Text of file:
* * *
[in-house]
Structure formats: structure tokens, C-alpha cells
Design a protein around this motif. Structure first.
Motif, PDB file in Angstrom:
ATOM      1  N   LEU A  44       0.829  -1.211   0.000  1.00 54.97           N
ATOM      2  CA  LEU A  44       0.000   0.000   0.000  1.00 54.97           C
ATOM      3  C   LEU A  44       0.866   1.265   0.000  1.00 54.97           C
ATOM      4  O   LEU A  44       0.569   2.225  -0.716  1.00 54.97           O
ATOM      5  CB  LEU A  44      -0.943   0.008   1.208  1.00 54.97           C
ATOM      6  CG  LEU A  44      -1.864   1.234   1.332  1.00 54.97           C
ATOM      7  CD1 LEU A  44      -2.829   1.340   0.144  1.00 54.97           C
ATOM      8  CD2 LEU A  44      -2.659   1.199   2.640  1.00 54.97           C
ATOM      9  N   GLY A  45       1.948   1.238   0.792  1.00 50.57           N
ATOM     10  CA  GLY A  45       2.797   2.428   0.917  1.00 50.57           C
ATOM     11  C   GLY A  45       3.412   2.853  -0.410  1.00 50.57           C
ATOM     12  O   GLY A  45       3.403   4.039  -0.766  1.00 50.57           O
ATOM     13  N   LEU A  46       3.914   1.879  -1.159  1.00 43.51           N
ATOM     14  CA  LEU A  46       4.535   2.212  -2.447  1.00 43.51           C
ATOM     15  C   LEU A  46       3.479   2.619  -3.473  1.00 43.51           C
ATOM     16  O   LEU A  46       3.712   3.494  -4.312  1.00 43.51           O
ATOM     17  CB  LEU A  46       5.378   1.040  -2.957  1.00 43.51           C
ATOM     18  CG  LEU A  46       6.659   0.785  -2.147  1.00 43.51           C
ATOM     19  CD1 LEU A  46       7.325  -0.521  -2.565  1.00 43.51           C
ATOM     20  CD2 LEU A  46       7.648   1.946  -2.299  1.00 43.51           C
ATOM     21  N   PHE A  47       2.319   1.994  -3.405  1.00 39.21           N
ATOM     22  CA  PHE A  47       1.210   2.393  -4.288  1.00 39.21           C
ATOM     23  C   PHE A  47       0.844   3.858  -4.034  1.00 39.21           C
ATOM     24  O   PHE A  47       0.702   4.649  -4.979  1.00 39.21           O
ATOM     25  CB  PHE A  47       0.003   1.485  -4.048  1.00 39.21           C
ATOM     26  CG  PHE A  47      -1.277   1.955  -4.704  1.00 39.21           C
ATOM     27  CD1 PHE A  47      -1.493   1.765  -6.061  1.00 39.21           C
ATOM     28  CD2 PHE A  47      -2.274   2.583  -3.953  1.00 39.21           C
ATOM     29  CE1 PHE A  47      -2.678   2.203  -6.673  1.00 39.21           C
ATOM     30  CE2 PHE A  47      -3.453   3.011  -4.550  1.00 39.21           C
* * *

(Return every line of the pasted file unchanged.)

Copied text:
[in-house]
Structure formats: structure tokens, C-alpha cells
Design a protein around this motif. Structure first.
Motif, PDB file in Angstrom:
ATOM      1  N   LEU A  44       0.829  -1.211   0.000  1.00 54.97           N
ATOM      2  CA  LEU A  44       0.000   0.000   0.000  1.00 54.97           C
ATOM      3  C   LEU A  44       0.866   1.265   0.000  1.00 54.97           C
ATOM      4  O   LEU A  44       0.569   2.225  -0.716  1.00 54.97           O
ATOM      5  CB  LEU A  44      -0.943   0.008   1.208  1.00 54.97           C
ATOM      6  CG  LEU A  44      -1.864   1.234   1.332  1.00 54.97           C
ATOM      7  CD1 LEU A  44      -2.829   1.340   0.144  1.00 54.97           C
ATOM      8  CD2 LEU A  44      -2.659   1.199   2.640  1.00 54.97           C
ATOM      9  N   GLY A  45       1.948   1.238   0.792  1.00 50.57           N
ATOM     10  CA  GLY A  45       2.797   2.428   0.917  1.00 50.57           C
ATOM     11  C   GLY A  45       3.412   2.853  -0.410  1.00 50.57           C
ATOM     12  O   GLY A  45       3.403   4.039  -0.766  1.00 50.57           O
ATOM     13  N   LEU A  46       3.914   1.879  -1.159  1.00 43.51           N
ATOM     14  CA  LEU A  46       4.535   2.212  -2.447  1.00 43.51           C
ATOM     15  C   LEU A  46       3.479   2.619  -3.473  1.00 43.51           C
ATOM     16  O   LEU A  46       3.712   3.494  -4.312  1.00 43.51           O
ATOM     17  CB  LEU A  46       5.378   1.040  -2.957  1.00 43.51           C
ATOM     18  CG  LEU A  46       6.659   0.785  -2.147  1.00 43.51           C
ATOM     19  CD1 LEU A  46       7.325  -0.521  -2.565  1.00 43.51           C
ATOM     20  CD2 LEU A  46       7.648   1.946  -2.299  1.00 43.51           C
ATOM     21  N   PHE A  47       2.319   1.994  -3.405  1.00 39.21           N
ATOM     22  CA  PHE A  47       1.210   2.393  -4.288  1.00 39.21           C
ATOM     23  C   PHE A  47       0.844   3.858  -4.034  1.00 39.21           C
ATOM     24  O   PHE A  47       0.702   4.649  -4.979  1.00 39.21           O
ATOM     25  CB  PHE A  47       0.003   1.485  -4.048  1.00 39.21           C
ATOM     26  CG  PHE A  47      -1.277   1.955  -4.704  1.00 39.21           C
ATOM     27  CD1 PHE A  47      -1.493   1.765  -6.061  1.00 39.21           C
ATOM     28  CD2 PHE A  47      -2.274   2.583  -3.953  1.00 39.21           C
ATOM     29  CE1 PHE A  47      -2.678   2.203  -6.673  1.00 39.21           C
ATOM     30  CE2 PHE A  47      -3.453   3.011  -4.550  1.00 39.21           C